Simultaneous Update on Debian / Stretch Seems To Fix Wayland Bug, But An Effect Breaks.

This morning was one, on which most of my computers are receiving major system updates.

On the computer that acts as my Web-server, which I name ‘Phoenix’, this updated my Debian / Jessie version from 8.9 to 8.10.

On the computer which I most-recently installed, which I name ‘Plato’, this updated my Debian / Stretch version from 9.2 to 9.3 .

On both computers, this included a kernel-update. Additionally, it included an update, to the client-side X-server libraries. This posting has to do with the computer named ‘Plato’, which has kernel version ‘4.9.0-4-amd64′ now.

Previously I had blogged, that the computer named ‘Plato’ was suffering from a mysterious bug in its ‘Wayland’ compositor. If the compositing became suspended for any reason, after resuming, black rectangles would appear on the screen, as newly-opened windows faded in and out. This used to happen regardless of whether OpenGL 2 or OpenGL 3 compositing was being used.

Well since the update today, I tested the key-combination <Shift>+<Alt>+F12 again, which does the equivalent of sending the command to the compositor, to suspend. Apparently, the behavior of this key-combination has been changed since Debian / Jessie, so that instead of toggling, the compositing suspends for several seconds, and then automatically resumes. This would be useless as a user-feature, but can help with testing, because presumably, what an OpenGL application is supposed to do, is resend the signal every second or so, to make sure that compositing stays off.

To my pleasant surprise, I found that after compositing resumes, I no longer get black rectangles on the screen! :-)

Continue reading Simultaneous Update on Debian / Stretch Seems To Fix Wayland Bug, But An Effect Breaks.

There is a bug in the Wayland Compositor, under Debian Stretch.

One of the facts which I have written about before, is that modern desktop managers will use compositing – i.e. will use hardware-acceleration – to render desktop effects, specifically, when we are only running regular, 2D applications with a GUI. This feature exists with the old KDE 4, under Debian / Jessie, as well as with the new Plasma 5, under Debian / Stretch.

Under Debian / Jessie, this feature is extremely stable. Under Debian / Stretch, it is not yet so.

What will happen under Debian / Stretch, as far as I can make out, is that if an attempt has been made to disable compositing, instead of this succeeding, the desktop-session becomes corrupted, in that black rectangles will display, when we simply open multiple windows / dialogs. AFAICT, This can only be fixed, by rebooting / starting a new user-session.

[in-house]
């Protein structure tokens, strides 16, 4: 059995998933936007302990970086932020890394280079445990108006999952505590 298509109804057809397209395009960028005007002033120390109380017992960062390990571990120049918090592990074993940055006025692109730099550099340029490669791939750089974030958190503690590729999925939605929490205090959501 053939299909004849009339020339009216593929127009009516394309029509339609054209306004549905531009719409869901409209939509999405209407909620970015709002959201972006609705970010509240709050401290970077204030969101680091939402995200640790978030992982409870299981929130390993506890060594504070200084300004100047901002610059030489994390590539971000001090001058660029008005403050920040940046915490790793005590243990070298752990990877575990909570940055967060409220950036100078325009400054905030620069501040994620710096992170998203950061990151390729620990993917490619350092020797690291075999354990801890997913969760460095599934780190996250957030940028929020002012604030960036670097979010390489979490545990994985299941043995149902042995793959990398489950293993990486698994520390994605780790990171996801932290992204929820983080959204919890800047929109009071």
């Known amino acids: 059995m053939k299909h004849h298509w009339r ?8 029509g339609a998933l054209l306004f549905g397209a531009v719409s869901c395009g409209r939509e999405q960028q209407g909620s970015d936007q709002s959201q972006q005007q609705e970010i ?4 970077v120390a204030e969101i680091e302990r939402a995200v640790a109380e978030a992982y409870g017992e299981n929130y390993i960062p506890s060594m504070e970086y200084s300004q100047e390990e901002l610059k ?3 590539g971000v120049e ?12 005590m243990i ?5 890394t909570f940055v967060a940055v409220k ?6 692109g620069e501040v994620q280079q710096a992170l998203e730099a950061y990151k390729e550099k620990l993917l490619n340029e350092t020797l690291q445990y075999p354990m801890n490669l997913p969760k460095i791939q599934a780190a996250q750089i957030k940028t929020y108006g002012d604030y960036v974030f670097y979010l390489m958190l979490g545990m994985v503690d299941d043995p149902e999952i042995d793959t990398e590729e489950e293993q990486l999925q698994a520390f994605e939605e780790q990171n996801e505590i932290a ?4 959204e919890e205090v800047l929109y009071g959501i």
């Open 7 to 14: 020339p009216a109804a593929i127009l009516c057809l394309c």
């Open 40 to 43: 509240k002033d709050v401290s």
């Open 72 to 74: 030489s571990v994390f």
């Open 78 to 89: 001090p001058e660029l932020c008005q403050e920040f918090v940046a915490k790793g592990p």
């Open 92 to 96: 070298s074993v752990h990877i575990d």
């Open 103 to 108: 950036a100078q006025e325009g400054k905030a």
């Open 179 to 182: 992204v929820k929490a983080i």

I became aware of this, when running Steam-based games on the computer I name ‘Plato’. When games run that are heavy on OpenGL / Hardware-Rendering, it’s normal for the game-platform to try to switch compositing off, because often, the hardware-rendering of the game is not compatible with the desktop-compositing. After I have finished my session with Steam, the rendering errors in my desktop manager become noticeable, and Steam does not gain the permissions, to install any system software.

I do not blame this on Steam per se, because I can reproduce this problem by just clicking <Shift>+<Alt>+F12, which used to be the key-combination under KDE 4, that toggled desktop compositing on and off at will. Within seconds, under Plasma 5, this key-combination will also cause the malfunction.

(Updated 12/03/2017 : )

Now, there is a simplistic workaround for me:

 

Continue reading There is a bug in the Wayland Compositor, under Debian Stretch.

Quickie: How 2D Graphics is just a Special Case of 3D Graphics

I have previously written in-depth, about what the rendering pipeline is, by which 3D graphics are rendered to a 2D, perspective view, as part of computer games, or as part of other applications that require 3D, in real time. But one problem with my writing in-depth might be, that people fail to see some relevance in the words, if the word-count goes beyond 500 words. :-)

So I’m going to try to summarize it more-briefly.

Vertex-Positions in 3D can be rotated and translated, using matrices. Matrices can be composited, meaning that if a sequence of multiplications of position-vectors by known matrices accomplishes what we want, then a multiplication by a single, derived matrix can accomplish the same thing.

According to DirectX 9 or OpenGL 2.x , 3D objects consisted of vertices that formed triangles, the positions and normal-vectors of which were transformed and rotated, respectively, and where vertices additionally possessed texture-coordinates, which could all be processed by “Vertex Pipelines”. The output from Vertex Pipelines was then rasterized and interpolated, and fed to “Pixel Pipelines”, that performed per-screen-pixel computations on the interpolated values, and on how these values were applied to Texture Images which were sampled.

All this work was done by dedicated graphics hardware, which is now known as a GPU. It was not done by software.

One difference that exists today, is that the specialization of GPU cores into Vertex- and Pixel-Pipelines no longer exists. Due to something called Unified Shader Model, any one GPU-core can act either as a Vertex- or as a Pixel-Shader, and powerful GPUs possess hundreds of cores.